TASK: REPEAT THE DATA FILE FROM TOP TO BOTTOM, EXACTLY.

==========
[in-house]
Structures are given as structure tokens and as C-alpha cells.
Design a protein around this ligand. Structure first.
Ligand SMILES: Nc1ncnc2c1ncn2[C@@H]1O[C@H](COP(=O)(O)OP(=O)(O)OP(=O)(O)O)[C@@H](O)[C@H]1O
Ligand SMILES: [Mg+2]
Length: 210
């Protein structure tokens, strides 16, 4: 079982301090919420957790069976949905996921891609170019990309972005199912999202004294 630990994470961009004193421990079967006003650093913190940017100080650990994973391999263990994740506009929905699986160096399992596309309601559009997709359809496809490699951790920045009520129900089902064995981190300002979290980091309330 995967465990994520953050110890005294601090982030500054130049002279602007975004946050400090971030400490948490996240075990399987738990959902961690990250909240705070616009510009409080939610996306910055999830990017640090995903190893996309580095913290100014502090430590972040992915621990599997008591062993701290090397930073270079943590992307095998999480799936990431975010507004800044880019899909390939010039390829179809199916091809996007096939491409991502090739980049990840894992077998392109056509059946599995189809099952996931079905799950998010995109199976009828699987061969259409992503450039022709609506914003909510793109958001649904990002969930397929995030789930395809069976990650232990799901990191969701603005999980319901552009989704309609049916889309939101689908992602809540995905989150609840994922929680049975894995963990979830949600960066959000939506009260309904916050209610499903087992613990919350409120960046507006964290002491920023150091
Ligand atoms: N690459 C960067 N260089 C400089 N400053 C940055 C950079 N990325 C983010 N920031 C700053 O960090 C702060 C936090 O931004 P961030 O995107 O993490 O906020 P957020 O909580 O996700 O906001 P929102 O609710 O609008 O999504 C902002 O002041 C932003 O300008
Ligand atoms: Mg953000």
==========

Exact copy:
[in-house]
Structures are given as structure tokens and as C-alpha cells.
Design a protein around this ligand. Structure first.
Ligand SMILES: Nc1ncnc2c1ncn2[C@@H]1O[C@H](COP(=O)(O)OP(=O)(O)OP(=O)(O)O)[C@@H](O)[C@H]1O
Ligand SMILES: [Mg+2]
Length: 210
């Protein structure tokens, strides 16, 4: 079982301090919420957790069976949905996921891609170019990309972005199912999202004294 630990994470961009004193421990079967006003650093913190940017100080650990994973391999263990994740506009929905699986160096399992596309309601559009997709359809496809490699951790920045009520129900089902064995981190300002979290980091309330 995967465990994520953050110890005294601090982030500054130049002279602007975004946050400090971030400490948490996240075990399987738990959902961690990250909240705070616009510009409080939610996306910055999830990017640090995903190893996309580095913290100014502090430590972040992915621990599997008591062993701290090397930073270079943590992307095998999480799936990431975010507004800044880019899909390939010039390829179809199916091809996007096939491409991502090739980049990840894992077998392109056509059946599995189809099952996931079905799950998010995109199976009828699987061969259409992503450039022709609506914003909510793109958001649904990002969930397929995030789930395809069976990650232990799901990191969701603005999980319901552009989704309609049916889309939101689908992602809540995905989150609840994922929680049975894995963990979830949600960066959000939506009260309904916050209610499903087992613990919350409120960046507006964290002491920023150091
Ligand atoms: N690459 C960067 N260089 C400089 N400053 C940055 C950079 N990325 C983010 N920031 C700053 O960090 C702060 C936090 O931004 P961030 O995107 O993490 O906020 P957020 O909580 O996700 O906001 P929102 O609710 O609008 O999504 C902002 O002041 C932003 O300008
Ligand atoms: Mg953000």